An end-of-the-year addition to the Golden Globe and Oscar nomination rush, The King’s Speech earns its place among the best films of 2010. Following the true story of King George IV of Britain, the film revolves around the possession of power: the power of father over son, the power of a king over his subjects, the power of a teacher over his pupil and — perhaps the most important of all — the power of speech in personal expression.
Colin Firth plays the stammering, humble George, who must take the throne when his older brother abdicates. Plagued by his inability to even tell his daughters a bedtime story without stuttering, George becomes absolutely hopeless when speaking in front of large crowds. His anxiety is only augmented by the recent invention of the radio, which suddenly forces his halting pauses to be widely available across the country, making his personal plague public.
His wife Elizabeth, played by Helena Bonham Carter, seeks help in a wide array of speech therapists, but it is the unusual methods of Lionel Logue (Geoffrey Rush) that catch the attention of the royal couple. In the scene where Lionel and George first meet, George sits on a couch and struggles to answer Lionel’s questions — both his stammer and his pride keep him from responding to the good-humored quips of his new speech therapist, who dares to call the future king by his family name, Bertie.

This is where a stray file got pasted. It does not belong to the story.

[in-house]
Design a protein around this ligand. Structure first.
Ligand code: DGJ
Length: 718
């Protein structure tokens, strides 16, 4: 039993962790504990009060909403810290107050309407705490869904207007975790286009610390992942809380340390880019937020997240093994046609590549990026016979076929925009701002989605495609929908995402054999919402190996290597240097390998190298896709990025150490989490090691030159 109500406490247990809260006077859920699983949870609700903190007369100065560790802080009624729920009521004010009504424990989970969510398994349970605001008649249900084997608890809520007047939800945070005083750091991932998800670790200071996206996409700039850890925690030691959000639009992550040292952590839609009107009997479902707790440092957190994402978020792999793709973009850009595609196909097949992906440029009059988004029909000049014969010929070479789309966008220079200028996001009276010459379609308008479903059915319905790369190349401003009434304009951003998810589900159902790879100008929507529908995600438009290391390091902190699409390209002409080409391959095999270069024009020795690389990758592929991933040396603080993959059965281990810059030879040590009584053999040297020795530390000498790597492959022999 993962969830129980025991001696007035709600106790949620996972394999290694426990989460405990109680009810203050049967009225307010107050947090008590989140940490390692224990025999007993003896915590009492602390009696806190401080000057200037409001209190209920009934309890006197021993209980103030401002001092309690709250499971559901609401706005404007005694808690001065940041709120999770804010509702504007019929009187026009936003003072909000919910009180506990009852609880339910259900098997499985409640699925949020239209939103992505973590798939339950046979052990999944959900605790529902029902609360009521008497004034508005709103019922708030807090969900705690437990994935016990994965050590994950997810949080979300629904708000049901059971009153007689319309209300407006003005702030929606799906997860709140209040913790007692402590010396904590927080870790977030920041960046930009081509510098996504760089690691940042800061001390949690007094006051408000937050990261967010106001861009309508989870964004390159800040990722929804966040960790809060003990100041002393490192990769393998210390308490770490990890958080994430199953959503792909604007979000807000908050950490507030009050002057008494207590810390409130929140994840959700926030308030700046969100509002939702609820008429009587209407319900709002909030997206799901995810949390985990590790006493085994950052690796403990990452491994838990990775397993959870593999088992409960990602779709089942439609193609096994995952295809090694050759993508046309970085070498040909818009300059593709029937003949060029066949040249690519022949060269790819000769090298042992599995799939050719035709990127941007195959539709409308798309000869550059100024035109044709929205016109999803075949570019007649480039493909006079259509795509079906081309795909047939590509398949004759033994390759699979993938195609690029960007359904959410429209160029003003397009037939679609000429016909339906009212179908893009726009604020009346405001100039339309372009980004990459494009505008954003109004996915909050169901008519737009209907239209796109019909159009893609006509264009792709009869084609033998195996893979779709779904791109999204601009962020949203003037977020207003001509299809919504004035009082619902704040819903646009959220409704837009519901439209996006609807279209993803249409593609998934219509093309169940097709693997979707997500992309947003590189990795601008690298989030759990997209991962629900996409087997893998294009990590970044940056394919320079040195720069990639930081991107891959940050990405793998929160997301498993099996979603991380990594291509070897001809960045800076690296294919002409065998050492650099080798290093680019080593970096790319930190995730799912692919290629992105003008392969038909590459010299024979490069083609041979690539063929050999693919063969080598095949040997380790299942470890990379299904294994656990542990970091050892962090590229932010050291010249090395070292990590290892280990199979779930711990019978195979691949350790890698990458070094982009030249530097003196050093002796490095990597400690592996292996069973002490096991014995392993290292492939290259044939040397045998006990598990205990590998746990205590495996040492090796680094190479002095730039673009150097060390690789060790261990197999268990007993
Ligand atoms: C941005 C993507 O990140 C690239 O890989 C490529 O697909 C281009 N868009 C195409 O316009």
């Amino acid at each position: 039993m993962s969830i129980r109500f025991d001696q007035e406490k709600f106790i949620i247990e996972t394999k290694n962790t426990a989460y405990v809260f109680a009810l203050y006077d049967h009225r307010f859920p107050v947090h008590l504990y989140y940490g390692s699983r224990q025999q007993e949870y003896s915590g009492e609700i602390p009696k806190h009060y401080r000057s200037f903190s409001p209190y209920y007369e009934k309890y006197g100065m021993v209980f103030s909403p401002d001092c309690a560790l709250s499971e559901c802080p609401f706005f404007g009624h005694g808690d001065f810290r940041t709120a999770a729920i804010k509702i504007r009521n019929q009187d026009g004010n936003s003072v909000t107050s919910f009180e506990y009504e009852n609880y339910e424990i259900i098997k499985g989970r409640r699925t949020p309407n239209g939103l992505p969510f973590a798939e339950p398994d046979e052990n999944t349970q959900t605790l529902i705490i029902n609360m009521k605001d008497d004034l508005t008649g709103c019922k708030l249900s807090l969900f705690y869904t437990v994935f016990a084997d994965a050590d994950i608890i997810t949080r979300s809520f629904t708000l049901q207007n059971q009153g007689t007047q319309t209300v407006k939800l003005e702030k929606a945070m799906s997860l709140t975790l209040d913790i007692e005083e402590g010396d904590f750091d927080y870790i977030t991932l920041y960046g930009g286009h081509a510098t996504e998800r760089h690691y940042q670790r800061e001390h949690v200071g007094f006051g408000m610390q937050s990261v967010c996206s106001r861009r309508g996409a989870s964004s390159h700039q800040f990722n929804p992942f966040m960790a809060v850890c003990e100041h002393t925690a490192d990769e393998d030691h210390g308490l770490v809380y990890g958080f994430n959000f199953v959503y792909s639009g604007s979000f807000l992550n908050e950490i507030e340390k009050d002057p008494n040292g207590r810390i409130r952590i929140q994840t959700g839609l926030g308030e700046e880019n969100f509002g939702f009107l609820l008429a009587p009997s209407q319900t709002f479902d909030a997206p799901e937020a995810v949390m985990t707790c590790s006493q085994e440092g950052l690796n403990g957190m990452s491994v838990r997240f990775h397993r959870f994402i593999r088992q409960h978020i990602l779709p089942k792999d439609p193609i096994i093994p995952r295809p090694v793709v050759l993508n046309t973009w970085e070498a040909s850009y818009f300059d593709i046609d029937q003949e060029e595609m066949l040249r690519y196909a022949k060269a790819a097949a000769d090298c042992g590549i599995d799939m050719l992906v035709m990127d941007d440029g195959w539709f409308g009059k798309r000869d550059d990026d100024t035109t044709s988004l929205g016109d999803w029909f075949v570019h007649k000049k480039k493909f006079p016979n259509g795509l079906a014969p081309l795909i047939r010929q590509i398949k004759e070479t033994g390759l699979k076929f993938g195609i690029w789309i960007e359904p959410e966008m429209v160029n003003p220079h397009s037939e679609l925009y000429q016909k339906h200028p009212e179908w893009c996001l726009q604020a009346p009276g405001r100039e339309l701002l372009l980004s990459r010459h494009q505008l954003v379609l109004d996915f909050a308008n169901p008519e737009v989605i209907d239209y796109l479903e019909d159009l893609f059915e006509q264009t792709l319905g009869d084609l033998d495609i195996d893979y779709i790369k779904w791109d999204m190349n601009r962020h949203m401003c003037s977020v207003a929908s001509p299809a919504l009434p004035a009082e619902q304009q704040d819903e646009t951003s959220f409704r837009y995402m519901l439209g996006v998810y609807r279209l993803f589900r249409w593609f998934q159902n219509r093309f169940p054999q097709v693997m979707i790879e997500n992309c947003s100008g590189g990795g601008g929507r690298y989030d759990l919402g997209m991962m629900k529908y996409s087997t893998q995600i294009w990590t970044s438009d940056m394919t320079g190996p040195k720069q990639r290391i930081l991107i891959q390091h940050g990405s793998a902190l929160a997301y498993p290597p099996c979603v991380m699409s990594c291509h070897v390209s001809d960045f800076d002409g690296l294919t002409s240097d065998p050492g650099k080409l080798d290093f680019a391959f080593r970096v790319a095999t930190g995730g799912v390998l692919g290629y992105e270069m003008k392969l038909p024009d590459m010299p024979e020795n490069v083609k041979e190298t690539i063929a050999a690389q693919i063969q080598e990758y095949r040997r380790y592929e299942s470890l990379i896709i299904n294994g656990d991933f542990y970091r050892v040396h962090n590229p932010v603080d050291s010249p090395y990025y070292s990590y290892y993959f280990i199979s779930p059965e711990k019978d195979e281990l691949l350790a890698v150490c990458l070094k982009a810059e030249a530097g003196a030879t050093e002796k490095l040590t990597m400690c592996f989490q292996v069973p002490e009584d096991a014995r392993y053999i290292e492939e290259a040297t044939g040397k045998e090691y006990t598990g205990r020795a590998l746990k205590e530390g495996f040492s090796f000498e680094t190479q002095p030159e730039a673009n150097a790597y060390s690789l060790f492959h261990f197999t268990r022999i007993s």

The unique and captivating friendship forged between a king who must sacrifice his pride to be taught and a teacher who must learn how to give a powerful man his voice forges the plotline of The King’s Speech.
Half of the film easily garners laughs: Lionel teaches George to seize his voice via myriad silly physical exercises, and one memorable scene features Colin Firth shouting surprising sets of very British profanities.
And the dialogue is sharp. When Elizabeth first describes her husband as unable to change jobs, Lionel asks, “What is he, an indentured servant?” She smiles and responds, “Something like that.”
The other half of The King’s Speech strikes a deeply heartfelt note. Colin Firth has so mastered the process of stunting, losing and finding his speech that watching George try to tell the story of his life is heart-wrenching — a sentence can take minutes. Here, the silly methods become poignant. Using singing to create a flow in his language, George’s saddest memories are confessed in song. Knowing the adversity he faces, by the end of the film, a new appreciation is built around the ability to simply speak.